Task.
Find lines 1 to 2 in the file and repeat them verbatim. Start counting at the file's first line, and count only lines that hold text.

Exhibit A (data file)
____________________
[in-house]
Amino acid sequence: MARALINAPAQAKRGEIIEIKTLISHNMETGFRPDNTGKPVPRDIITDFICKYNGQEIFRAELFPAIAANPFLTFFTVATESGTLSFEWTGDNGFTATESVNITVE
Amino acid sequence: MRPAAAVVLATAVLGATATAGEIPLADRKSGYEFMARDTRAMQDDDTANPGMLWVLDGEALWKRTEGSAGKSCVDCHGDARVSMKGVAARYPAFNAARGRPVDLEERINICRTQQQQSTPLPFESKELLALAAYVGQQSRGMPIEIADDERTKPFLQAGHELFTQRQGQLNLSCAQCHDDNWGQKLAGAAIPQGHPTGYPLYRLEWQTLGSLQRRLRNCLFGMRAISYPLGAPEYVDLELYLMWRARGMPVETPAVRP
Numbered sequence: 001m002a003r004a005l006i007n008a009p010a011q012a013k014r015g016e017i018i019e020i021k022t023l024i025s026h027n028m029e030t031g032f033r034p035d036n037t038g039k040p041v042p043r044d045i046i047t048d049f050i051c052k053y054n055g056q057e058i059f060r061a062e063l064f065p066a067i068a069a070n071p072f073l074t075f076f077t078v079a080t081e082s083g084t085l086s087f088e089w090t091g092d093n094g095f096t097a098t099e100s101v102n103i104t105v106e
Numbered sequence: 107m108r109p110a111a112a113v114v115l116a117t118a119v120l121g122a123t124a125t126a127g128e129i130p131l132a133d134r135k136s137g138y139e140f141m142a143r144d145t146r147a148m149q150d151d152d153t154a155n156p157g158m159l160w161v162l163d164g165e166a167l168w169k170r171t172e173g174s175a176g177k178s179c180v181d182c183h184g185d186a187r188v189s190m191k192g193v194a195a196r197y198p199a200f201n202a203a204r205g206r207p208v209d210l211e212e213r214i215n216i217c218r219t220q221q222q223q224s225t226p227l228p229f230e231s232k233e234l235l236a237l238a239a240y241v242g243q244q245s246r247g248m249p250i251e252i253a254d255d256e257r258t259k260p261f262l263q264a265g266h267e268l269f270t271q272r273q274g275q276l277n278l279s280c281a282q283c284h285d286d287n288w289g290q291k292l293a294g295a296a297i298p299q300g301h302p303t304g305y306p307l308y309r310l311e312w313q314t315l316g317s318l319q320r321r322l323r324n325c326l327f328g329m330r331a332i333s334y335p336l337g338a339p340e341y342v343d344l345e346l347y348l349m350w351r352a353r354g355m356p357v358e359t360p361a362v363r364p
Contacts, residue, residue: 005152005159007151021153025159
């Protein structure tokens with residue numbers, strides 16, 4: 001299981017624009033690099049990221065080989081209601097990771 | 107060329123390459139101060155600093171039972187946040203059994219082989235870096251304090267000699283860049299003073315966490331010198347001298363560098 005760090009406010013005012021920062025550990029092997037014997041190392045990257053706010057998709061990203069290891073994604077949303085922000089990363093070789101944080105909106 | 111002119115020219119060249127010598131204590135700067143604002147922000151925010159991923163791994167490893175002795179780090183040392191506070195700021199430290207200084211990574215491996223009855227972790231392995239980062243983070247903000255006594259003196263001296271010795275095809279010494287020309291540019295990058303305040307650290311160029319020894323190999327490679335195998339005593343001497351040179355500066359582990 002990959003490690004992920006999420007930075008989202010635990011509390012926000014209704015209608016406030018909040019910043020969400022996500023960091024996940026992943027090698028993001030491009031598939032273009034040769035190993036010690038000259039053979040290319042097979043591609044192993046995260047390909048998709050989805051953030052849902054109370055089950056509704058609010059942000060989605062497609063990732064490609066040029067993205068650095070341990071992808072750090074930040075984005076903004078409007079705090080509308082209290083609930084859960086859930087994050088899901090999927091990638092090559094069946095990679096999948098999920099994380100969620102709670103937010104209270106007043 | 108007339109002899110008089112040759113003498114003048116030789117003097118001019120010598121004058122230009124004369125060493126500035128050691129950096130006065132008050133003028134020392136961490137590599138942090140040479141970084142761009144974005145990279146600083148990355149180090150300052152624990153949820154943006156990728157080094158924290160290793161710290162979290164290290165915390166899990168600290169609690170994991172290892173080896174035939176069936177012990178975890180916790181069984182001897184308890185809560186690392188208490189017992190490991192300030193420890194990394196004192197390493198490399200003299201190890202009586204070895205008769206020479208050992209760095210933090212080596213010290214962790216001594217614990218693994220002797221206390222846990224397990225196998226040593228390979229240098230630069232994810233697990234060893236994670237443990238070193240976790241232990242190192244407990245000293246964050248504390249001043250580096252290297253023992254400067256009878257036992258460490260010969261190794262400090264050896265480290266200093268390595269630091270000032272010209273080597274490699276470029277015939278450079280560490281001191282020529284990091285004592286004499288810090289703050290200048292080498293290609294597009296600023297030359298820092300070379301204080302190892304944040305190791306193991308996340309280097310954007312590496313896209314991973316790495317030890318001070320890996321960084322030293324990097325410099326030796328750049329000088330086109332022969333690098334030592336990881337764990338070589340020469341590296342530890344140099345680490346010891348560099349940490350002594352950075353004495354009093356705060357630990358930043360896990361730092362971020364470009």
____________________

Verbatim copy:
[in-house]
Amino acid sequence: MARALINAPAQAKRGEIIEIKTLISHNMETGFRPDNTGKPVPRDIITDFICKYNGQEIFRAELFPAIAANPFLTFFTVATESGTLSFEWTGDNGFTATESVNITVE